Reader Question: I just got my car back from my mechanic, and even though I've never had a problem with this shop in the past, I don't feel comfortable with what they said they did this time. Should I stop payment on the check until we can resolve the problems?
If you think you got the service you paid for and deserved, let someone know about it. If you are unhappy about the repairs, talk to the shop owner or manager in charge first. I think you will find that an honest shop will do whatever it takes to keep you as a customer.
Even the not-so-honest shop is usually smart enough to know that disgruntle customers can really be a thorn in their side. First of all, all mechanics make mistakes. You actually can get a defective "new" part, and other parts can unknowingly get damaged while they are working under the hood with a hot engine. I remember an incident when one of my mechanics poked a hole in the top of this lady's radiator as he was replacing her headlight. (That headlight really cost me a lot of money!) The lady was mad at us for damaging her radiator, and I guess she had every right to be. We did replace her 6 year old radiator with a new one free of charge, and we apologized again for any inconvenience we might have caused her. She was still upset with us and thought we were "too rough" on her car.
The point is bad things can happen. Don't just assume someone is out to get you. You don't have to write long letters or contact the local news, just show your concern to the shop owner or service writer in person. Try your best to document what your case is, and be willing to listen to his side of the story with an open mind.
If you have problems, by all means do not stop payment on your check or credit card without first trying to resolve the matter with the shop owner. Stopping payment can get you in a lot of trouble by having the shop repossess your vehicle in retaliation. In Texas, as in most states, the law is on the side of the mechanic, so do not try to take the law in your own hands. If the shop owner refuses to talk to you, or you still are unhappy with the outcome after talking to the shop owner, then I would recommend calling an attorney to get his or her opinion before you do anything else.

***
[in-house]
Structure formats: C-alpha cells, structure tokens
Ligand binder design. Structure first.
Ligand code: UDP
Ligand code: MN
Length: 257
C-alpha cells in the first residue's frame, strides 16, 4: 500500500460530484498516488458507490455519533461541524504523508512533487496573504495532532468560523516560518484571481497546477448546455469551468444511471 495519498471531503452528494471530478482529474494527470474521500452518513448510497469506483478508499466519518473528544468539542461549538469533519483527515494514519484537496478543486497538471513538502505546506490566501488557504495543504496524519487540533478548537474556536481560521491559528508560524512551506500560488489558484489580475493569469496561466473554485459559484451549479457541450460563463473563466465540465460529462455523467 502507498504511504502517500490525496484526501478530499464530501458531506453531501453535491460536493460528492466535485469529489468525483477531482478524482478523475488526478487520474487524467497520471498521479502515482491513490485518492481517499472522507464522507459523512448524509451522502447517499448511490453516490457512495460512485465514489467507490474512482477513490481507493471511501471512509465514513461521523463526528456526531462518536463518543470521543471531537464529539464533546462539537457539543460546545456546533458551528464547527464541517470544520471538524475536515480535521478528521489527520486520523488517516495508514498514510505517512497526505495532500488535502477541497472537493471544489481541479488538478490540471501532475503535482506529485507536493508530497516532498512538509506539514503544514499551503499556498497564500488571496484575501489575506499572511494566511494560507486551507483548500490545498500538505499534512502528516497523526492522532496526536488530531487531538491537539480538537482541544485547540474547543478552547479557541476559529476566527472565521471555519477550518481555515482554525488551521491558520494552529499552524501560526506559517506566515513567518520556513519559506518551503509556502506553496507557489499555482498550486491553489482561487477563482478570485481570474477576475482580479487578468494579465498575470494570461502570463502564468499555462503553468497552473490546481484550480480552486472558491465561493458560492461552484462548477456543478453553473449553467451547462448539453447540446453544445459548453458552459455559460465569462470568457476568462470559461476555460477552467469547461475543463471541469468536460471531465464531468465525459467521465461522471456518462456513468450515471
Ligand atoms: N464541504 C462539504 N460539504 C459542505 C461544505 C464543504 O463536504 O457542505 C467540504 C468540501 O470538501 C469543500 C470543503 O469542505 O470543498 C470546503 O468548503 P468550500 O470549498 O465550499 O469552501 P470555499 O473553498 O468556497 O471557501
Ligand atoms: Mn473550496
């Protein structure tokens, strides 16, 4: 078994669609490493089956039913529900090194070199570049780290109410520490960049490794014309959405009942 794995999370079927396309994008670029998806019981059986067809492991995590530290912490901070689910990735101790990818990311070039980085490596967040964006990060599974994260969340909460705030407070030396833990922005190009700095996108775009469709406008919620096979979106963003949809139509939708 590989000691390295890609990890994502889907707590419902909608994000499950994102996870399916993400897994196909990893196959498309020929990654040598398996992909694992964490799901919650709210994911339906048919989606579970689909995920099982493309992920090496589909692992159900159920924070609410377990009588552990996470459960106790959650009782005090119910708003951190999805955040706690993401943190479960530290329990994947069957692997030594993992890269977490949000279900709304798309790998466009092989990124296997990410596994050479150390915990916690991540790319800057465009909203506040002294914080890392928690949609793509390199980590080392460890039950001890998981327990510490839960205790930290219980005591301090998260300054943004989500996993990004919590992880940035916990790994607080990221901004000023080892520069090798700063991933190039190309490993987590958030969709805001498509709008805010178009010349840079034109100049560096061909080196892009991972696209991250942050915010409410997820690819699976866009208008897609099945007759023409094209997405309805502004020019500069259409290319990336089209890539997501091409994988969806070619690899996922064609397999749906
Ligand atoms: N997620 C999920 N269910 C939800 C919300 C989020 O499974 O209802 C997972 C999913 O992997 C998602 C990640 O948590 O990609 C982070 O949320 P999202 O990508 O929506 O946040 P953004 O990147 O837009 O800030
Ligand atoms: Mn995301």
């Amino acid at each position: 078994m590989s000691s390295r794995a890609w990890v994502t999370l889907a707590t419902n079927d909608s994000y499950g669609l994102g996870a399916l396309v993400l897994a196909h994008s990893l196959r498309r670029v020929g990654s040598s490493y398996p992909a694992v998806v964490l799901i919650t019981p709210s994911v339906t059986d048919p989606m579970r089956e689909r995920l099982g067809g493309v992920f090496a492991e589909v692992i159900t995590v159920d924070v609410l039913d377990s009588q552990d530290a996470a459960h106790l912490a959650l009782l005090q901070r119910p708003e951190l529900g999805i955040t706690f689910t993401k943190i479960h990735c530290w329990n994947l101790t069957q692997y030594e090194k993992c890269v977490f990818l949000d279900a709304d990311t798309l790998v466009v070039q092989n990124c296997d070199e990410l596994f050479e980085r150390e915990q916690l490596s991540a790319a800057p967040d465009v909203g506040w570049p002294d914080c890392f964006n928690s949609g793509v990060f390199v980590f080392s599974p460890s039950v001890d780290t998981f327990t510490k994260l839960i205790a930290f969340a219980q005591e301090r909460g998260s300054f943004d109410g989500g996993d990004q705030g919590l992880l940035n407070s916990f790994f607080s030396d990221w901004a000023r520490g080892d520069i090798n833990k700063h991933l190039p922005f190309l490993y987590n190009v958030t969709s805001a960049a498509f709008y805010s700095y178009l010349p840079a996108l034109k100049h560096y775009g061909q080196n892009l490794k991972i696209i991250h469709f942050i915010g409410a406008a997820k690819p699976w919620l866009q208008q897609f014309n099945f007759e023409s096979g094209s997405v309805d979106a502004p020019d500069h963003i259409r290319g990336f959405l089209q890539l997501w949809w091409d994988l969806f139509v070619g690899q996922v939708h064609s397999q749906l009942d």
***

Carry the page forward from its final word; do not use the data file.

I have had to call a repossession company two or three times over the course of a few years, and the fees that they charged my customers to get their cars released from the storage facility was about the same as the amount they owed me. So these customers basically paid twice the amount they originally owed me, and what I did was perfectly legal and ethical. Most shops have you sign a right to repossession waiver when you leave your car for repairs. (It's that small print area on the service ticket that they push in front of you and you sign without asking what it means.)
Remember, the service writer, mechanic and/or shop manager is probably on commission of some sort, so he really wants you to come back and be happy. At most dealerships, the service writer will usually get some kind of monetary incentive for customer satisfaction and positive feedback. If you have positive comments to make, you might receive even better service the next time you visit the shop. If the service writer knows that you will take the extra time to call his manager and give him positive comments about his work, he knows you will definitely call with negative ones as well.
Austin C Davis
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